Is an Adjustable Rate Mortgage (ARM) Right For You

Real Estate

I believe hard work helps one get ahead in this world, and one of the many luxuries that dedication to one's craft can create is the ability to own one's own home. As an experienced realtor with over twenty-one years servicing the Gulf Coast, I often tell people who are starting to get ahead to look into possibly getting an ARM as well. 

My bad pun aside, an ARM, or an adjustable rate mortgage if you don't feel like using realty slang, is one of the many options homeowners are faced with when securing a mortgage loan, although this option comes with (generally) lower qualifying interest rates and closing costs than you'd get with a fixed rate loan. In this blog post, I delve a bit into what makes the adjustable rate mortgage unique. 

Do you hate to gamble? Do you get anxious watching a slot machine spin? Are playing cards somewhat intimidating to you? Is sports gambling a completely unnecessary component to sports and believe that people should just be able to watch the game and enjoy it for what it is? Then an ARM probably isn't for you! See, with a fixed rate mortgage, the lender puts himself at far more risk than in an adjustable rate mortgage. To elaborate, in a fixed rate mortgage, regardless of how high or low the interest rates themselves go, the borrower's interest over the next 30 years will not change; it's as locked in as gold at Fort Knox. If you've ever wondered why fixed rate mortgages have such high interest rates, it's because whomever is supplying your home loan doesn't hate gambling, as even if they don't gamble at a casino or race track or with friends privately, the person or institution supplying your mortgage is risking their assets on not just the market itself, but your ability to repay them. With an adjustable rate mortgage, the risk is completely on you, the borrower. Depending on your ARM, your mortgage rate will change depending on a variety of factors every six months to seven years. I'll go into the various factors a bit later, but the most important thing to know is your rate can not change more than (typically, depending on your particular ARM) two percent from the previous year's rate. Most lenders would prefer to engage in a loan where the risk is more on someone besides themselves, so it is most certainly an easier task to get approved for an adjustable rate mortgage than it is for a fixed rate mortgage. 

You can borrow more usually this method, for certain. It doesn't matter what percent a lender requires the borrower's gross monthly income for the payment of principal, taxes, interest and insurance, the percent they allow for an ARM will be greater. It certainly is a trade off; the unknown facing a borrower during adjusting periods in exchange for lower initial qualifying rates and higher qualifying ratios. While 3/1, 5/1 and 7/1 adjustable rate mortgages exist, typically speaking, your interest rate is adjusted every six months to a year with most ARMs. This adjustment is based upon several factors, including the 11th District Cost of Funds and the general state of the economy. Remember though, interest rates will not change more than generally two percent in either direction per year. This protects not just you, but the lenders as well, creating a truly leveled playing field.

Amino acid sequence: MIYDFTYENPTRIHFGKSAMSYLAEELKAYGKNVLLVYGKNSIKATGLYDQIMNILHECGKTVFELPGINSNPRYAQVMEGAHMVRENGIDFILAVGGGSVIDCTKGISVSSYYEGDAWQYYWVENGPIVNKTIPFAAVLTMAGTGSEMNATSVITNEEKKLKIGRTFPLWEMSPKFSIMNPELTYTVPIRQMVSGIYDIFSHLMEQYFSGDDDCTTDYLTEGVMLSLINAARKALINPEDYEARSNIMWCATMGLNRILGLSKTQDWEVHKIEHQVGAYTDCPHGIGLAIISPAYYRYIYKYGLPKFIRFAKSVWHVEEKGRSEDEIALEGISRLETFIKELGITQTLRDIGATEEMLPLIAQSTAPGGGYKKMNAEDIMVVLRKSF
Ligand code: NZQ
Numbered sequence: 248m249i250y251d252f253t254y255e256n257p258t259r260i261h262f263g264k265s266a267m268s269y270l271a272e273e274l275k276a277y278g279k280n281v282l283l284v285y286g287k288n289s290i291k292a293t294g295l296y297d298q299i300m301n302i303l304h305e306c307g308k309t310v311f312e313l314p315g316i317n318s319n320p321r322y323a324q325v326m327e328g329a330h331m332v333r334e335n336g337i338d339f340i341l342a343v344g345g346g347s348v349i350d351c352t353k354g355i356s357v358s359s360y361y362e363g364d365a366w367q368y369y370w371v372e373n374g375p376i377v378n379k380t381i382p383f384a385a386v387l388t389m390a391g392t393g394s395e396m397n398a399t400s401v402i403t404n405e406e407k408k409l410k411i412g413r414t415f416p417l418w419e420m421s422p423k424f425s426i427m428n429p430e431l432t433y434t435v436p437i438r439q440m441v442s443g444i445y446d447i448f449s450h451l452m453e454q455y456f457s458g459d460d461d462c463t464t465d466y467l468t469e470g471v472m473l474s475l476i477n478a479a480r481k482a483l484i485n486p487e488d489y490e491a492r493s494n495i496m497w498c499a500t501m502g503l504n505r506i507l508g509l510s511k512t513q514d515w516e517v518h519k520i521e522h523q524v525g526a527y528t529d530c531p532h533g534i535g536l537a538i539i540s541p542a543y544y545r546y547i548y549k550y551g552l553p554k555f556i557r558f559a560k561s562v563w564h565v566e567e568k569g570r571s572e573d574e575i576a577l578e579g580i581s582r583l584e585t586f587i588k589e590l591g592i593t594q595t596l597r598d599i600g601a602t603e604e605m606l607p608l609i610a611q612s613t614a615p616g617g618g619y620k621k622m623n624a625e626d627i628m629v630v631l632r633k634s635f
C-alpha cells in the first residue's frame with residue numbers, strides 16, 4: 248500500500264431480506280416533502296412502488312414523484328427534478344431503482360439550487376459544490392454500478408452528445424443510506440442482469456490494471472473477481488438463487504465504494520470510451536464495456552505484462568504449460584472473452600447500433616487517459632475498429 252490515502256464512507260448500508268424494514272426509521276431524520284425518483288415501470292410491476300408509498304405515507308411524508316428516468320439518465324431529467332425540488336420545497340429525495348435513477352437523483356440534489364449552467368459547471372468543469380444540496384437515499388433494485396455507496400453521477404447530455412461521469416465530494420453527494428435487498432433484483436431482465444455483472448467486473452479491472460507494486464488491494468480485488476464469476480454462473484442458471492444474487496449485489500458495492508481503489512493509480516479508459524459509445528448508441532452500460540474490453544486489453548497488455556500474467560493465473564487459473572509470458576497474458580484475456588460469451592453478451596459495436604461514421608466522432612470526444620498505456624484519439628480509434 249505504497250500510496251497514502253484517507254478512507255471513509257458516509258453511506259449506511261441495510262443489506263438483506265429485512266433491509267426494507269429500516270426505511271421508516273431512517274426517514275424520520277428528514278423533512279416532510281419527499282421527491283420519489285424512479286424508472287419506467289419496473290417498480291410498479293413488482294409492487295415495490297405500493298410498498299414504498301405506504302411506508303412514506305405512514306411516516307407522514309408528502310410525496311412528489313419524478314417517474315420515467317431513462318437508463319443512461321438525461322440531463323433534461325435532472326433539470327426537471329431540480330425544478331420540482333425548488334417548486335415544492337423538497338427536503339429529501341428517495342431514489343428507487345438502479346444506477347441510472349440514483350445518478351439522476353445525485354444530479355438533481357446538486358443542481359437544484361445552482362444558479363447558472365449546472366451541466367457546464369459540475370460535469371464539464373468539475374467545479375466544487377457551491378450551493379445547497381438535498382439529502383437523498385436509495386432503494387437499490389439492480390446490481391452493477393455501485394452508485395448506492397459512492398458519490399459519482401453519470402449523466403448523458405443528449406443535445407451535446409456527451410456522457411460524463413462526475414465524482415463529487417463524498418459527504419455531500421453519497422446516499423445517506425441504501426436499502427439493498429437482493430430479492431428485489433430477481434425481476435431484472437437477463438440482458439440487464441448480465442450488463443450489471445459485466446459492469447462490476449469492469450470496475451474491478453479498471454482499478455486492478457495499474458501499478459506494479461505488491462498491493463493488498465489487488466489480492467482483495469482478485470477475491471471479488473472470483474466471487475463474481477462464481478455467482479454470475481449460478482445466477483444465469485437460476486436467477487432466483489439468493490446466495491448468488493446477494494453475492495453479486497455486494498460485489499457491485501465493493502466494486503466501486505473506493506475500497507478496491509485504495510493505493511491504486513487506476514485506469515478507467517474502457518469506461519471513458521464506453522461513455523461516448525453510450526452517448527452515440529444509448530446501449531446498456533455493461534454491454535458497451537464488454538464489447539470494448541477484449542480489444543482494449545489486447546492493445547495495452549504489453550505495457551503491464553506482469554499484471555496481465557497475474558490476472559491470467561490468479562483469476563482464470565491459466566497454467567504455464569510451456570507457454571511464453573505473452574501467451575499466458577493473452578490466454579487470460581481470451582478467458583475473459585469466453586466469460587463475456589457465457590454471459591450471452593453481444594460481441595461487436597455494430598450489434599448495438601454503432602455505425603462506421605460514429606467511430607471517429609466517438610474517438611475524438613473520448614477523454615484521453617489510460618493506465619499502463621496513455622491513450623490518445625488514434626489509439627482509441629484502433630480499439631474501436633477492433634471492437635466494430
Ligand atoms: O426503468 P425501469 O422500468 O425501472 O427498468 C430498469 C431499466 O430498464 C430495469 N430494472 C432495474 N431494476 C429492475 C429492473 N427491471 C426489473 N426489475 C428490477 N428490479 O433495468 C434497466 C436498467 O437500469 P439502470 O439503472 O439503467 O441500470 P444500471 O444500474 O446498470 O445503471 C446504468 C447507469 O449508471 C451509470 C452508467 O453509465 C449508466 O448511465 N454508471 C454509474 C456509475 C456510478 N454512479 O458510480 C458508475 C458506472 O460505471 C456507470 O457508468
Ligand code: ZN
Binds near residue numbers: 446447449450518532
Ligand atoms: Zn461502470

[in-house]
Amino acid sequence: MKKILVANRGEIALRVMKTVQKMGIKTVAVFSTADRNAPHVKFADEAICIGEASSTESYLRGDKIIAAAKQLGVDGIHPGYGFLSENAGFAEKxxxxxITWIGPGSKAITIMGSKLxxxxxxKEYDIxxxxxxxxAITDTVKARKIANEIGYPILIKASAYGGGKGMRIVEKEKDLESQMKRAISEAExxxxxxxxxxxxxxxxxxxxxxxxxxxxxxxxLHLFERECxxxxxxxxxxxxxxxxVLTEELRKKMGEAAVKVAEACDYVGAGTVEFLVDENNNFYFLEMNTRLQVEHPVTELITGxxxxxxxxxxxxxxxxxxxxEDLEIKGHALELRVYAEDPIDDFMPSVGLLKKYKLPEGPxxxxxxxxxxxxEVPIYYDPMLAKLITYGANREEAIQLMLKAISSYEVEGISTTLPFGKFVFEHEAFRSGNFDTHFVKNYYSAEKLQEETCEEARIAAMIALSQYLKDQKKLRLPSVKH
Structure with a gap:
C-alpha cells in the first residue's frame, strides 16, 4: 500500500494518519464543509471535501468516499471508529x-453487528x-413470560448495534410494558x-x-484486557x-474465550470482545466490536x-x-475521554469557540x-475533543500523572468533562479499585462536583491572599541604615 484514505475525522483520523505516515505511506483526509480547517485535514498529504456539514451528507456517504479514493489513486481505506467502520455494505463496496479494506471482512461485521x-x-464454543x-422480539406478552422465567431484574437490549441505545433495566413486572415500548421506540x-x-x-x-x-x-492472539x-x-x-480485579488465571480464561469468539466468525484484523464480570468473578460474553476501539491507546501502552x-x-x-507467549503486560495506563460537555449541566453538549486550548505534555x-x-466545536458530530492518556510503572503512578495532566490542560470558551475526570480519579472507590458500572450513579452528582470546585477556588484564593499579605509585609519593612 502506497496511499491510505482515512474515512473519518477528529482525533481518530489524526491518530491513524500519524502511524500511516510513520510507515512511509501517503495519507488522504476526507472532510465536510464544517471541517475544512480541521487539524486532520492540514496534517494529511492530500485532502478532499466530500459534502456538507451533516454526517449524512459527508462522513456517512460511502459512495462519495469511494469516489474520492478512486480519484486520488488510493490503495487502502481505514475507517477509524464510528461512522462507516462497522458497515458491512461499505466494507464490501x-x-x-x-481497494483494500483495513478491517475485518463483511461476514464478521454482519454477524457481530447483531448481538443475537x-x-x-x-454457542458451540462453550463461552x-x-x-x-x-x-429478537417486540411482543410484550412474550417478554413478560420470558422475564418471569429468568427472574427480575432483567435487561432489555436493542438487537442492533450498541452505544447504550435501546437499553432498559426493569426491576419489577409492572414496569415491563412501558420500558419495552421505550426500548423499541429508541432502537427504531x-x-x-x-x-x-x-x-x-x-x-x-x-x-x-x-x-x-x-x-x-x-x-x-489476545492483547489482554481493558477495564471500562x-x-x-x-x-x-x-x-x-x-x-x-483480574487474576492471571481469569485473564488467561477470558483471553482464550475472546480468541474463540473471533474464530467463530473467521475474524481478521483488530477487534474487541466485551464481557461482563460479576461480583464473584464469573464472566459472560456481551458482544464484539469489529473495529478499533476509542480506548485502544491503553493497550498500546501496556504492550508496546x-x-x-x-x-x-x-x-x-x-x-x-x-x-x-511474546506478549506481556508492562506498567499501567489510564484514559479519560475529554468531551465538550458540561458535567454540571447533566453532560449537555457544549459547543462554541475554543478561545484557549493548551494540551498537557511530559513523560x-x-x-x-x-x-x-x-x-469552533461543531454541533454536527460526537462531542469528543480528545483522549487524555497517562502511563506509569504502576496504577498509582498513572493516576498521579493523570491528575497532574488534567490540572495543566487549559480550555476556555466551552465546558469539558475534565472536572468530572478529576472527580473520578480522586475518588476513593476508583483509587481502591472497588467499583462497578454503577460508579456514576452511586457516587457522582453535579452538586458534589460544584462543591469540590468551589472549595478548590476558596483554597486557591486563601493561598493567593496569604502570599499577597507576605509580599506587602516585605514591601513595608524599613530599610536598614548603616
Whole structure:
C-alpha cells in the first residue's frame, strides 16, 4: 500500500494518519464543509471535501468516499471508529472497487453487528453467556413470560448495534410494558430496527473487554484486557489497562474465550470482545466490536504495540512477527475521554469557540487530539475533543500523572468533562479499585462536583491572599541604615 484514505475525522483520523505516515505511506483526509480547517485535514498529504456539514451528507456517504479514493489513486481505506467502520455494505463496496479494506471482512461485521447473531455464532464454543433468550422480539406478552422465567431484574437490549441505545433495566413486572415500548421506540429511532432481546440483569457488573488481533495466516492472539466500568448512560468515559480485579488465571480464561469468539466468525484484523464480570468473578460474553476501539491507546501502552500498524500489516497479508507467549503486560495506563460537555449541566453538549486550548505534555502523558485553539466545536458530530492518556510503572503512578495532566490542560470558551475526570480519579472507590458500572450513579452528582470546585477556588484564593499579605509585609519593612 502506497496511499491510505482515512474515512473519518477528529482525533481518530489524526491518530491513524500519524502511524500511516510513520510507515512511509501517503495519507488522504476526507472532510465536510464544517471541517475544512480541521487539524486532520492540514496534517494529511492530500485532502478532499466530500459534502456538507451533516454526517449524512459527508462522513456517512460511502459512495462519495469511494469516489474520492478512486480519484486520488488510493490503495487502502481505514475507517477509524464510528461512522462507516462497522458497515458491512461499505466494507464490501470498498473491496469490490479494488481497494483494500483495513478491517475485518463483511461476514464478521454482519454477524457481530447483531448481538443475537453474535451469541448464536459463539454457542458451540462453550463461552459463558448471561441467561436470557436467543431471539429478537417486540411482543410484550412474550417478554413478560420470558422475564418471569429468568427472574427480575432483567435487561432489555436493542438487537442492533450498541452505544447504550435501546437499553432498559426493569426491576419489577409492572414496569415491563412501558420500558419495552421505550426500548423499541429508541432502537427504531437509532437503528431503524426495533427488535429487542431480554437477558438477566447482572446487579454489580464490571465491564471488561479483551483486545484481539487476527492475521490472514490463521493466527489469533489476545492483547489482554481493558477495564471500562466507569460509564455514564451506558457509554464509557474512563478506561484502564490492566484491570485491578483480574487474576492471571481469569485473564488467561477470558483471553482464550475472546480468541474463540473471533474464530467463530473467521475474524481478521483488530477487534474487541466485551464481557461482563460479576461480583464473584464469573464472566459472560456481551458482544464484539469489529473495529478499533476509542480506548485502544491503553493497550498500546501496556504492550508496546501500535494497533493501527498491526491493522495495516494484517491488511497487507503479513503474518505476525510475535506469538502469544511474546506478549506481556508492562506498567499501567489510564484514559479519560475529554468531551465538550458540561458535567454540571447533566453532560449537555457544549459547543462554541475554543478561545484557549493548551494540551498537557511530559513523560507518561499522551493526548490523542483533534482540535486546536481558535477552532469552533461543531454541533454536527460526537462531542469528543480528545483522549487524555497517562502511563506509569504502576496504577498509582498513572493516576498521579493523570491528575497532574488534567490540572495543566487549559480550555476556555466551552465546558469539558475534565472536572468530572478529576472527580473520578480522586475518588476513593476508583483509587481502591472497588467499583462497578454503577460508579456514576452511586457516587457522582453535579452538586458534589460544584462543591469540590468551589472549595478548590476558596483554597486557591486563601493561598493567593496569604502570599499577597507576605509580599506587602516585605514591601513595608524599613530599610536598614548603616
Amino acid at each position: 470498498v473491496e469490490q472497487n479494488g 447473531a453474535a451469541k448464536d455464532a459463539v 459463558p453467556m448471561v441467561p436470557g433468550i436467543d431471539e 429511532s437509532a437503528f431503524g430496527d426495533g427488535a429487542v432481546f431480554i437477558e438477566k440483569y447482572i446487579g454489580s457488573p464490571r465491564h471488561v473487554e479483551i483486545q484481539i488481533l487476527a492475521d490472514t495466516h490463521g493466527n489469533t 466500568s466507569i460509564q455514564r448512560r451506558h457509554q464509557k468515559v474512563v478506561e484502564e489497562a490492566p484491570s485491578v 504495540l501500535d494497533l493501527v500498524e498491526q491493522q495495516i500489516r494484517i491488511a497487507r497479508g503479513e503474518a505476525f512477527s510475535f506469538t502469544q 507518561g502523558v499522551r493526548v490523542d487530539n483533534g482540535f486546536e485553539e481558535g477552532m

There's more than one type of mortgage, and in that same vein, there's multiple types of ARM's one can join into. One popular option is the LIBOR ARM, which really sounds like some science fiction book or movie, but in actuality can be as complicated as the plot of a convoluted time travel story. LIBOR stands for London Interbank Offering Rate, and the simplest explanation for what that is is that it's the rate that banks in Europe charge each other for overnight funds. LIBOR ARM's will almost certainly have the lowest interest rate available for any ARM options you have. To say a LIBOR ARM contract is pretty complicated is akin to saying Andre The Giant was a tall professional wrestler; be sure to thoroughly examine anything before you enter into it.

ARM's give borrower's a lot of options in exchange for some added risk, and one of those is a variety of payment options as wide as an old Cadillac. Just like a fixed rate mortgage, you can go the traditional monthly payments for thirty years course, but that's just the tip of the iceberg to ensure you don't end up sunk like the Titanic. For example, those with an ARM can make minimum payments, which just pays back the principal and neglects the interest. The interest from that payment is then added to the loan amount itself, increasing your debt but giving your pocketbook a temporary break. Then there are the interest only payments, which don't pay off your loan, just the interest for the month. These payments are incredibly low per month, but won't get you out of debt any faster. While an ARM leaves you with plenty of options, they each have their pros and cons.

To summarize, a LIBOR ARM is ideal for people who are looking for an incredibly low monthly payment or are trying to add equity with a refinancing. An ARM itself, with its significantly cheaper than fixed rate interest rates is for those who are expecting a lot of money in their future and those not planning on staying in that home for more than five years. Make sure your ARM's initial rates are indeed lower than what you can get with a fixed rate however, and be wary of ARM's where the closing cost will ruin any financial benefit to the low interest rates. I really only touched the surface of ARM's, as each individual loan is unique. Be sure to have your realtor look over any and all paperwork you don't fully understand.